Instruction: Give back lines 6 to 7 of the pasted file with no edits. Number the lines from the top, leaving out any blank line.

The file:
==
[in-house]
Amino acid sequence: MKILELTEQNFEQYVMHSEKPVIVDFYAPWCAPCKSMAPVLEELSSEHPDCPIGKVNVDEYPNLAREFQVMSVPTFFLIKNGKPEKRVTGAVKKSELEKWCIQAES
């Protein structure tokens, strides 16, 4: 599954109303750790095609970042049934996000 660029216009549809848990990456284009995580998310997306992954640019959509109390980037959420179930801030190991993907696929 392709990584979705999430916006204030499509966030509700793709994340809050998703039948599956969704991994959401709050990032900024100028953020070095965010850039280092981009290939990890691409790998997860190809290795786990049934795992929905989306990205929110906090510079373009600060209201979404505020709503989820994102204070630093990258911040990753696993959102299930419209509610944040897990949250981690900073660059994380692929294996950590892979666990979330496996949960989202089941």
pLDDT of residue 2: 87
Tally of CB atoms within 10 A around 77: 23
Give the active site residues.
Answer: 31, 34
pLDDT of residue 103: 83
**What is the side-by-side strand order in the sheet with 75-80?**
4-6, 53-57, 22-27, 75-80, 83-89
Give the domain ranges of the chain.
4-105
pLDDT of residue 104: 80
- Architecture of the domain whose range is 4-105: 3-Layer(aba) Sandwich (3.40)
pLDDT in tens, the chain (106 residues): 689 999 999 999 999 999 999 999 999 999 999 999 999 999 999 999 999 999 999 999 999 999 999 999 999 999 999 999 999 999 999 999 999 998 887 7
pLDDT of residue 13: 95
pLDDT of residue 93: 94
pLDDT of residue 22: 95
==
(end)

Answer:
Give the active site residues.
Answer: 31, 34